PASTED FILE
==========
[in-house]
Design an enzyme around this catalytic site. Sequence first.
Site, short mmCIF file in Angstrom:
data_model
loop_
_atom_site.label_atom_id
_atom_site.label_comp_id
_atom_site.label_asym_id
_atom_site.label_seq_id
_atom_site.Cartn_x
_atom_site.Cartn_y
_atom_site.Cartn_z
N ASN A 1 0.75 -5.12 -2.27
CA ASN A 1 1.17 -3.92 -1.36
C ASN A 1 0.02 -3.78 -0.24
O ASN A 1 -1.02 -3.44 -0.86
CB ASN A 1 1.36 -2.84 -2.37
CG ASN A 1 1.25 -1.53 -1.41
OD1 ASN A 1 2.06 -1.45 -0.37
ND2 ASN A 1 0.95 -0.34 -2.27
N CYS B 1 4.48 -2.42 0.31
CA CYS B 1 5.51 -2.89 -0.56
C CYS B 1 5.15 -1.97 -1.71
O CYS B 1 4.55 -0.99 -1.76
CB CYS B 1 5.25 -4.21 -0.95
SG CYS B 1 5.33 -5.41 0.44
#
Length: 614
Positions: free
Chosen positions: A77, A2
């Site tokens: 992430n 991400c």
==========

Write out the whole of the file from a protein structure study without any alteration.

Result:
[in-house]
Design an enzyme around this catalytic site. Sequence first.
Site, short mmCIF file in Angstrom:
data_model
loop_
_atom_site.label_atom_id
_atom_site.label_comp_id
_atom_site.label_asym_id
_atom_site.label_seq_id
_atom_site.Cartn_x
_atom_site.Cartn_y
_atom_site.Cartn_z
N ASN A 1 0.75 -5.12 -2.27
CA ASN A 1 1.17 -3.92 -1.36
C ASN A 1 0.02 -3.78 -0.24
O ASN A 1 -1.02 -3.44 -0.86
CB ASN A 1 1.36 -2.84 -2.37
CG ASN A 1 1.25 -1.53 -1.41
OD1 ASN A 1 2.06 -1.45 -0.37
ND2 ASN A 1 0.95 -0.34 -2.27
N CYS B 1 4.48 -2.42 0.31
CA CYS B 1 5.51 -2.89 -0.56
C CYS B 1 5.15 -1.97 -1.71
O CYS B 1 4.55 -0.99 -1.76
CB CYS B 1 5.25 -4.21 -0.95
SG CYS B 1 5.33 -5.41 0.44
#
Length: 614
Positions: free
Chosen positions: A77, A2
């Site tokens: 992430n 991400c």